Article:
Home » Sports Channel » Hockey - Ice

Hockey - Ice

Stiffening Penalties For Violent Hits By Minnesota Hockey League Important Step In Improving Player Safety

 

This past weekend, the MInnesota State High School League took an unprecedented step of changing the rules mid-season, by stiffening the penalties on three of the most violent and dangerous infractions in hockey: checking from behind, boarding and contact to the head will now result in an automatic five-minute "major" against the offending player resulting in ejection and forcing his team to play short-handed for five minutes, regardless of how many times it is scored upon during the ensuing power play. 

By stiffening the rules against dangerous play in ice hockey and giving referees less discretion in calling penalties, the Minnesota State High School League has taken an important first step to reduce the number of catastrophic injuries in the sport.

Jabs #13: Making Youth Hockey Safer In Wake of Jablonski Tragedy

While Jablonski's injury was, of course, his parent's worst nightmare, and will change his life forever, such injuries are fortunately quite rare in ice hockey but the publicity, in this instance, has prompted calls for the leaders of youth and high school hockey in Minnesota to demand stricter rule enforcement, better coaching, and more severe penalties for dangerous and illegal "hits" that lead to hockey being a sport with one of the highest rates of concussion.

Longtime Minnesota ice hockey coach Hal Tearse talks about how the catastrophic injury suffered by high school hockey player Jack "Jabs" Jablonski and suggests ways to make the sport safer.

Protective Cups, Jock Straps, Supporters: Essential Equipment for Contact and Collision Sports

When your son plays contact or collision sports, there is always the risk of testicular injury.  To protect against such injury, boys need to wear a cup.

Angela Ruggiero Remembers Winning Gold

Four-time Olympic women's ice hockey medalist, Angela Ruggiero, tells MomsTeam's Brooke de Lench that the best part of winning gold at the 1998 Winter Olympics in Nagano, Japan was seeing the American flag raised at the medal ceremony.

Angela Ruggiero: My Personal Reflections On Her Retirement

This is a success story virtually without equal in women's sports in the post-Title IX era. A story not only about the success of one remarkable young woman, but about her parents and those, like me, who were privileged to watch her grow from a starry-eyed and talented teenager to the mature, self-assured woman she is today; a story which should serve, not only as an inspiration to any youth athlete who wants to reach the elite level in their sport, but for their parents as well.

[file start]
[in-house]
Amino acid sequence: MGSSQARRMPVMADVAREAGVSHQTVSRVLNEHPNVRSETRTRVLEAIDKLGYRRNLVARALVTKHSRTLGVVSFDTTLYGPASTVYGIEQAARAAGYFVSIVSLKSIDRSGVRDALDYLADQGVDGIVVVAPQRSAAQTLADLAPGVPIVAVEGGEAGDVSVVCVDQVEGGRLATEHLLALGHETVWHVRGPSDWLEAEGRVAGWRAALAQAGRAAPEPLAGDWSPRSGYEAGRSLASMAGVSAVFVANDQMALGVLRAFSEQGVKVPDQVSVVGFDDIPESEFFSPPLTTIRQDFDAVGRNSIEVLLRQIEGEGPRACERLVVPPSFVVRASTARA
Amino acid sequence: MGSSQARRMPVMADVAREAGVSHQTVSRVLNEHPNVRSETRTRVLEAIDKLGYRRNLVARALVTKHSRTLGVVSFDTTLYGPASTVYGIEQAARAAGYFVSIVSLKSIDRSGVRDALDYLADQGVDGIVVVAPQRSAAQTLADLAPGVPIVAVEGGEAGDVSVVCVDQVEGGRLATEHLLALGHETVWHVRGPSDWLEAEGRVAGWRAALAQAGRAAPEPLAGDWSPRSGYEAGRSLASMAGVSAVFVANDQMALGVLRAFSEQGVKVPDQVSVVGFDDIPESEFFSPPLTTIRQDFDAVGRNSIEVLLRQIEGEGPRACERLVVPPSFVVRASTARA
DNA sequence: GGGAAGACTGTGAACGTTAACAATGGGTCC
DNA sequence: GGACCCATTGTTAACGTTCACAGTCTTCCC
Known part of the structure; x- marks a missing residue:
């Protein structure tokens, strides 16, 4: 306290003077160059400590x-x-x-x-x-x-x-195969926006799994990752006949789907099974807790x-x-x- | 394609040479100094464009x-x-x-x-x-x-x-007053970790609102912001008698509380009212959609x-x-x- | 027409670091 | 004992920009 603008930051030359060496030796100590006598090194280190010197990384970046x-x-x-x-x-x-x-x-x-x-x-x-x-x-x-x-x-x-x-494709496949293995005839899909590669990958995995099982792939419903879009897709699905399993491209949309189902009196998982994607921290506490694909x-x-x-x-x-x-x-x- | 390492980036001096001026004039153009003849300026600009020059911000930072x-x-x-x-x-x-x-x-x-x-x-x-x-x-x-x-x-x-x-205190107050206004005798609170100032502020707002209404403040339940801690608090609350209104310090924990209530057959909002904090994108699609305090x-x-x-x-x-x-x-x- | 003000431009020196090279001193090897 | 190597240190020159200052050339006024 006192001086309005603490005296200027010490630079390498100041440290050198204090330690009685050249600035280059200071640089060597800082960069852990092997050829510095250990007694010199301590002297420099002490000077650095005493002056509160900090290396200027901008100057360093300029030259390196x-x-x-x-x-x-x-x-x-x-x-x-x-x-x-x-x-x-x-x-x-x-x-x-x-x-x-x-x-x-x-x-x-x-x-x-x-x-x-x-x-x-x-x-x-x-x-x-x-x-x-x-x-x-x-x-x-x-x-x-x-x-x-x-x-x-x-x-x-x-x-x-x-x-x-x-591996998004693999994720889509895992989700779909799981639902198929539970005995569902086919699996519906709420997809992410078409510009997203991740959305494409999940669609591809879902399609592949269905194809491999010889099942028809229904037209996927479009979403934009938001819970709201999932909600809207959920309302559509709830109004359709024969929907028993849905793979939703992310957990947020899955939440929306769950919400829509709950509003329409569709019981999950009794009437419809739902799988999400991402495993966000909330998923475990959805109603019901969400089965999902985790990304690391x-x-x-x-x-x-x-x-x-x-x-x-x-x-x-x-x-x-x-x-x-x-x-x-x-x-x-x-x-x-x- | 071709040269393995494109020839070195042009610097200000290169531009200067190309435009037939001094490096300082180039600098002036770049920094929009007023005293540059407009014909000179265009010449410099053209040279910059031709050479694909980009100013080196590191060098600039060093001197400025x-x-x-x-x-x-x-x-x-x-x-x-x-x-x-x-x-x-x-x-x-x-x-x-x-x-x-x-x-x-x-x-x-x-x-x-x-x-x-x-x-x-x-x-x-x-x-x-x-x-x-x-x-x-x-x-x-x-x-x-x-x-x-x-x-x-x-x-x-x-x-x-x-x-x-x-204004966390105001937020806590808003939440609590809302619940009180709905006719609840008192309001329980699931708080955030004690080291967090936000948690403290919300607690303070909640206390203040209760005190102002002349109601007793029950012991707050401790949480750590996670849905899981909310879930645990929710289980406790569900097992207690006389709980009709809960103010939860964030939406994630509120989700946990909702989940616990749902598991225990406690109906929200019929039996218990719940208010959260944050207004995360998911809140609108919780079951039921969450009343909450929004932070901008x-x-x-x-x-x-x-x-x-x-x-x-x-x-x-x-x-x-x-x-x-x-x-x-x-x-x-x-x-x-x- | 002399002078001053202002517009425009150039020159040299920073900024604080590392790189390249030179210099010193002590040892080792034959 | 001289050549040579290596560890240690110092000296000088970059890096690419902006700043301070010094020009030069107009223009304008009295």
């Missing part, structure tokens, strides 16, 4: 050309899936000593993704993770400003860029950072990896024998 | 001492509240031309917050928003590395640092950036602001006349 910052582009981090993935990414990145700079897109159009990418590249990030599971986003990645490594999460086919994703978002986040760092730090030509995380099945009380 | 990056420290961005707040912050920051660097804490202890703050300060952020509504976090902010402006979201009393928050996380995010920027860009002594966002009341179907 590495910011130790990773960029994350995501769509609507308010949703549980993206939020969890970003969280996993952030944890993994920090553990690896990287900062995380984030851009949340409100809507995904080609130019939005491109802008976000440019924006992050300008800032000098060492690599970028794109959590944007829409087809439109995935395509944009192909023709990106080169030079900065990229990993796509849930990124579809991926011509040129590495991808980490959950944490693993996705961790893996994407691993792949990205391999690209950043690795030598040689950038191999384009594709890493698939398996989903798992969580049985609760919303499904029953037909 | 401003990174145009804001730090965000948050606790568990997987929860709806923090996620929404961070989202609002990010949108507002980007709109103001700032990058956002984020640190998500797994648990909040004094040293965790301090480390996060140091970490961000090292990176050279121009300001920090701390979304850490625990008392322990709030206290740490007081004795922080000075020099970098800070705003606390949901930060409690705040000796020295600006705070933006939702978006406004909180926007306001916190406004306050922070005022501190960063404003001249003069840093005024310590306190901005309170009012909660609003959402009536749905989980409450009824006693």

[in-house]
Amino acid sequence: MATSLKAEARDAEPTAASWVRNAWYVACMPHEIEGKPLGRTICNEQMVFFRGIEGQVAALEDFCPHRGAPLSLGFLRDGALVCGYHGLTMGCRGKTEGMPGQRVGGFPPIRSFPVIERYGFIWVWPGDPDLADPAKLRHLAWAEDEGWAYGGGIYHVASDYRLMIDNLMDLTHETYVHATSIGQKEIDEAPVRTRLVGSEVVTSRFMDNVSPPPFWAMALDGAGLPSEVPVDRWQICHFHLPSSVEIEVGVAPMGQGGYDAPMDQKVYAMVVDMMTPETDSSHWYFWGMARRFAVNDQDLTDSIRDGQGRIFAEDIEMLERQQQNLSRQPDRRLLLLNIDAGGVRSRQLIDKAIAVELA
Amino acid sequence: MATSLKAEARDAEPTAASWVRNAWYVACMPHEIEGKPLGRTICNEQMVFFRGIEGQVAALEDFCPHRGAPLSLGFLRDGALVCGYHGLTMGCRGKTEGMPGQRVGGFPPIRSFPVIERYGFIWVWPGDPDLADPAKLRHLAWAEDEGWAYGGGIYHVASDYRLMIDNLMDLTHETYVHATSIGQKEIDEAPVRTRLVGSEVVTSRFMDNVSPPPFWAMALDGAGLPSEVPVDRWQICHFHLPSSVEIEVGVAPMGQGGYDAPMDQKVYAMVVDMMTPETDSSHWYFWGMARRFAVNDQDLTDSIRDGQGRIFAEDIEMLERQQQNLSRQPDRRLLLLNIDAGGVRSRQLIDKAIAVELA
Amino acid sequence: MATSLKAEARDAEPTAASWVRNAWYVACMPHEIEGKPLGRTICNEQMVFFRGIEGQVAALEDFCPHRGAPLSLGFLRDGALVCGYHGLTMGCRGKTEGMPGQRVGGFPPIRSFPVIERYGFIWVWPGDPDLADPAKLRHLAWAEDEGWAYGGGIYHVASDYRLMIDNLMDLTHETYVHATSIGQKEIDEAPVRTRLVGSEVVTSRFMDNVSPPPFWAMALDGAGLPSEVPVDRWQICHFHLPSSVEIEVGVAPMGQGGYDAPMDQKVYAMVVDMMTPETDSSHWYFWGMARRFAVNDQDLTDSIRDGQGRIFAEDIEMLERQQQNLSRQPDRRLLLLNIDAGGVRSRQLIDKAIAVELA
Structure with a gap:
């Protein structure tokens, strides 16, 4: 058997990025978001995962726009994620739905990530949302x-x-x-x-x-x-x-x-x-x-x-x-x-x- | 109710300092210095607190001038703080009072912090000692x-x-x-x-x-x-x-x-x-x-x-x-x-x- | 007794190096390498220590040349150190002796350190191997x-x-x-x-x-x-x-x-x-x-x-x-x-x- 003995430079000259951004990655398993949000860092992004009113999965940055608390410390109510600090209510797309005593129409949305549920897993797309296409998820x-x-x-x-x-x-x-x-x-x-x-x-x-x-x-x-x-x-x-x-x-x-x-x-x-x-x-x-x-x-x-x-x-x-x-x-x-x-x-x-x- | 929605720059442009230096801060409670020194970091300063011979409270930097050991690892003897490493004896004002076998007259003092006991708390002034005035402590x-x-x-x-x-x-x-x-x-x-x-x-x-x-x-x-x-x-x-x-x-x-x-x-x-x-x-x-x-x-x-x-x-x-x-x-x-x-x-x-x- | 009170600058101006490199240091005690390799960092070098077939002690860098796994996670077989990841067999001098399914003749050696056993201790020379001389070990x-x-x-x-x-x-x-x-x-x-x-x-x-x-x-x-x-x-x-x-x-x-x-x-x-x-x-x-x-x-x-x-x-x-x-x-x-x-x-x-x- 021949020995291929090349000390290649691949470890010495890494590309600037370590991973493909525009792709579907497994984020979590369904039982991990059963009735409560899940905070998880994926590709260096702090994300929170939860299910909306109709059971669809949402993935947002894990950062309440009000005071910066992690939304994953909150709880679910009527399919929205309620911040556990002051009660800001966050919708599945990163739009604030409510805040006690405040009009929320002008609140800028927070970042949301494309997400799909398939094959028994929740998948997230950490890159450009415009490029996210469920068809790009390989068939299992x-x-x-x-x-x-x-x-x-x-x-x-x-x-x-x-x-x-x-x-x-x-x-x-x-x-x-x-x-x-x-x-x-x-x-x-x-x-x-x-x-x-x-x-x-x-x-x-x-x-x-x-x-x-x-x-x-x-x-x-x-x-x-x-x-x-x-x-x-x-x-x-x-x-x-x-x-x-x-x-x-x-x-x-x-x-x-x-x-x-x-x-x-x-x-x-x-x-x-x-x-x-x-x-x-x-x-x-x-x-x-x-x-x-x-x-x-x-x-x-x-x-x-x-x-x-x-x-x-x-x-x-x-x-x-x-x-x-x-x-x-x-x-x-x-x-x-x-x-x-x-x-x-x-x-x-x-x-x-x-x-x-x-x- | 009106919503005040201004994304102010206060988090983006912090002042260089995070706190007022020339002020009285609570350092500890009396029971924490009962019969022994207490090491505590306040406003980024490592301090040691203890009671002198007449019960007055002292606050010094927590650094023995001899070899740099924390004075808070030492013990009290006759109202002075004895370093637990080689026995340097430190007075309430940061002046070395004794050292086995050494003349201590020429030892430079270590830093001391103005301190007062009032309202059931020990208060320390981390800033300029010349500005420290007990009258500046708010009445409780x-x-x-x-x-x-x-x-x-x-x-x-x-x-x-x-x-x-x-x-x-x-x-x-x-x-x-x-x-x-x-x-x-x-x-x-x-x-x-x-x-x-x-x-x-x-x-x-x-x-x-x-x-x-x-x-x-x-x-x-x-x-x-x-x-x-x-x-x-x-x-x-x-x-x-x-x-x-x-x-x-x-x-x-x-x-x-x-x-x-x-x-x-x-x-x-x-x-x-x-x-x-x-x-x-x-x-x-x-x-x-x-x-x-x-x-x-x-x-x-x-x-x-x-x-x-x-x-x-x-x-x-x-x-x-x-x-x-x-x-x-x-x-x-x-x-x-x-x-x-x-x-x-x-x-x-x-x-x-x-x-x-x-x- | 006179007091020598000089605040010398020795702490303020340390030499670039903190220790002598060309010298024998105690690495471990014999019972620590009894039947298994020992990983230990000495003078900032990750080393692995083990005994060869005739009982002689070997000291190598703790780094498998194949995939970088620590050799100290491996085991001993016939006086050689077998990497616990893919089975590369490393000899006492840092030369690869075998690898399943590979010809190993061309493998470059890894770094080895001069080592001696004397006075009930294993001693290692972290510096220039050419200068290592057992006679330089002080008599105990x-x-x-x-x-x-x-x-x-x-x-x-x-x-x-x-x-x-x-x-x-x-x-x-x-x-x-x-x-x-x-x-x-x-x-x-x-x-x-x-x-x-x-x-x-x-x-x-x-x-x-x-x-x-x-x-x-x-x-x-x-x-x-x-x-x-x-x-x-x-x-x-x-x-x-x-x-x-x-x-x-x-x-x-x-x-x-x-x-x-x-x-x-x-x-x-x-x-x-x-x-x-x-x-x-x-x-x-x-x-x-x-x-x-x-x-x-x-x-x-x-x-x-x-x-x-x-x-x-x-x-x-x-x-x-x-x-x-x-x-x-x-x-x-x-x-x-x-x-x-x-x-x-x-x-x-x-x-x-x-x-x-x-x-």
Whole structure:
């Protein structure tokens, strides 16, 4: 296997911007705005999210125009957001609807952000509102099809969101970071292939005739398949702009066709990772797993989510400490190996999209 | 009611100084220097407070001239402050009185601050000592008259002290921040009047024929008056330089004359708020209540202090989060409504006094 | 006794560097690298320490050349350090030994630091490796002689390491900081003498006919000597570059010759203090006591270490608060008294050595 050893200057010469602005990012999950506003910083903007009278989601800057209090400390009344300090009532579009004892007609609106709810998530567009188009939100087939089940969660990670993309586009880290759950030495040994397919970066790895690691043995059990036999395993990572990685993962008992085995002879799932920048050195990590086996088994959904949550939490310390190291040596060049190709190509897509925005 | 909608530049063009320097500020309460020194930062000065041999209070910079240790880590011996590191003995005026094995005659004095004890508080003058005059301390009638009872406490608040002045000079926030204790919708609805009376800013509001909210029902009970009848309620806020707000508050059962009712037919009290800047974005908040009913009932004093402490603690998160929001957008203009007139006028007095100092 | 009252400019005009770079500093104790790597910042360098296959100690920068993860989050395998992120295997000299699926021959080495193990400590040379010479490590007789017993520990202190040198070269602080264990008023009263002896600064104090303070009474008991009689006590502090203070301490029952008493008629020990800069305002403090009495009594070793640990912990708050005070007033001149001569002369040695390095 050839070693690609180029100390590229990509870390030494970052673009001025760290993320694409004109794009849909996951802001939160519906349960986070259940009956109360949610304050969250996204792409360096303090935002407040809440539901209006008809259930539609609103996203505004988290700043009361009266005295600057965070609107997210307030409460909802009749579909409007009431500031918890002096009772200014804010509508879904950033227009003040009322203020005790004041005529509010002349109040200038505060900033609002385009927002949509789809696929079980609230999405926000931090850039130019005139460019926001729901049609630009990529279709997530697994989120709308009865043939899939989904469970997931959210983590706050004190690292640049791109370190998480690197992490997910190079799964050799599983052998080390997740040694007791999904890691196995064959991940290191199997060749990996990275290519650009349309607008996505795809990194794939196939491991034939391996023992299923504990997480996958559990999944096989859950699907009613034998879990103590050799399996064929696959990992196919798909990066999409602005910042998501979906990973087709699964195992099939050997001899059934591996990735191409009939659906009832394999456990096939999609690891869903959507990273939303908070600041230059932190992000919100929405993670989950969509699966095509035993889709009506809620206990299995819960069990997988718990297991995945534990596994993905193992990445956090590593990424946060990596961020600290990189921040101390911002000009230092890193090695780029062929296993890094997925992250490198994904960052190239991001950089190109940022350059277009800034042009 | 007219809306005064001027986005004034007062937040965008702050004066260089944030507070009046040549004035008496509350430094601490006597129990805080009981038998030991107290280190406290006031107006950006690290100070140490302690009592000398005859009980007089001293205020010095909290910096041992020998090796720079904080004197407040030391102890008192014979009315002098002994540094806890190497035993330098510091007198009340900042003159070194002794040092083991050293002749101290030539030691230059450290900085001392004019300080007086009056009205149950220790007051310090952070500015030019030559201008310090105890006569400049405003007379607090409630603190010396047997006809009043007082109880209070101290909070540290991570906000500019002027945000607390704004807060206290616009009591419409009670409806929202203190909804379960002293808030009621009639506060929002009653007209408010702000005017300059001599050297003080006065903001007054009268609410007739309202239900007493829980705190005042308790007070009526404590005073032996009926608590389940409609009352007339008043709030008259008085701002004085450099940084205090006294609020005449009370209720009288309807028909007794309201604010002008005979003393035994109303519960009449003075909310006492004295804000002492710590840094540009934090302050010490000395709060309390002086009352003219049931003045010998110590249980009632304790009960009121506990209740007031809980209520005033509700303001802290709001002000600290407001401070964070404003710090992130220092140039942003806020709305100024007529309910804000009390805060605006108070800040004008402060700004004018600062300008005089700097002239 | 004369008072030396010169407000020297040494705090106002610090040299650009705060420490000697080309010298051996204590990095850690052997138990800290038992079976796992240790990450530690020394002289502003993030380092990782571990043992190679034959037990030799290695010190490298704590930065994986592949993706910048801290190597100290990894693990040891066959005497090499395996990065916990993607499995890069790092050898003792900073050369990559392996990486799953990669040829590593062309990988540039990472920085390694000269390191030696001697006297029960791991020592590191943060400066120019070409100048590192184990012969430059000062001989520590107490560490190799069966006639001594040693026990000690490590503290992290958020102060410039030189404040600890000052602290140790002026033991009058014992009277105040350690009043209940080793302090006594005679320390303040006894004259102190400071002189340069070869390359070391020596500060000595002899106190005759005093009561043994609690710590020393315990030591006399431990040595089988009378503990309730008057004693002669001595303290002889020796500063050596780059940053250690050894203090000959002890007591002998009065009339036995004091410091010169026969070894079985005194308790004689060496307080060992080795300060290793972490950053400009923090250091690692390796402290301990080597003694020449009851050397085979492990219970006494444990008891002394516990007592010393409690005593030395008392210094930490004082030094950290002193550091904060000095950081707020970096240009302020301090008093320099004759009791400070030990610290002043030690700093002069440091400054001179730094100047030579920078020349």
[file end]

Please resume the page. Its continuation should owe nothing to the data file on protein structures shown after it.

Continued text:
Two days ago, Angela Ruggiero held a press conference to announce her retirement from women's ice hockey, two weeks after she told me of her decision.

The story of Angela Ruggiero is virtually without equal in women's sports in the post-Title IX era.  It is a story not only about the success of one remarkable young woman, but about her parents and those, like me, who were privileged to watch her grow from a starry-eyed and talented teenager to the mature, self-assured woman she is today.

Starting Ice Hockey At Age 10: Too Late To Reach Olympics?

 

Four-time Olympic women's ice hockey medalist Angela Ruggiero says that starting ice hockey at age 10 is not too late to become an Olympian; that some of her Olympic teammates, in fact, didn't start until age 12 or 13.  What she reminds parents is that their child will only achieve athletic success if they love their sport, so it is critical to find one they love to play.

Girl's or Boy's Hockey? Up to The Athlete To Decide

Four-time Olympic women's ice hockey medalist Angela Ruggiero says the decision on whether to play girl's or boy's hockey is up to the athlete and her parents after weighing the pluses and minuses.

Unmarked Detour: Unprepared Despite Multiple Concussion History

Although her daughter Heidi had suffered multiple concussions in the past (one in second grade during recreational skating, the second more serious concussion in a collision with a softball teammate in ninth grade), and despite thinking she was "concussion savvy," Dorothy Bedford says that, three to four weeks after Heidi suffered a third concussion warming up for an ice hockey game during her junior year in high school, she was unprepared for the "mysterious journey" that lay ahead for both of them.

Unmarked Detour: Long Concussion Journey Begins Before Puck Even Drops

After sustaining a series of hits to her head during the previous week's training, Heidi Taggart asked her ice hockey coach to be excused from goaltending during a game in February 2010 when she began experiencing "flu-like" symptoms.  He told her to "suck it up" and take the ice. During pre-game warm-ups, a teammate's stick hit Heidi in the head during the follow-through from a wrist shot.  She immediately began experiencing concussion symptoms (headache, disorientation, drowsiness), but the injury was not initially thought to be too serious.   It was anything but. As her mom, Dorothy Bedford, now recalls, the road Heidi travelled from that Friday night on the way to recovery from post-concussion syndrome would be marked by a long series of "unmarked detours" taking fourteen months and requiring treatment from more than 10 different medical specialists.
Syndicate content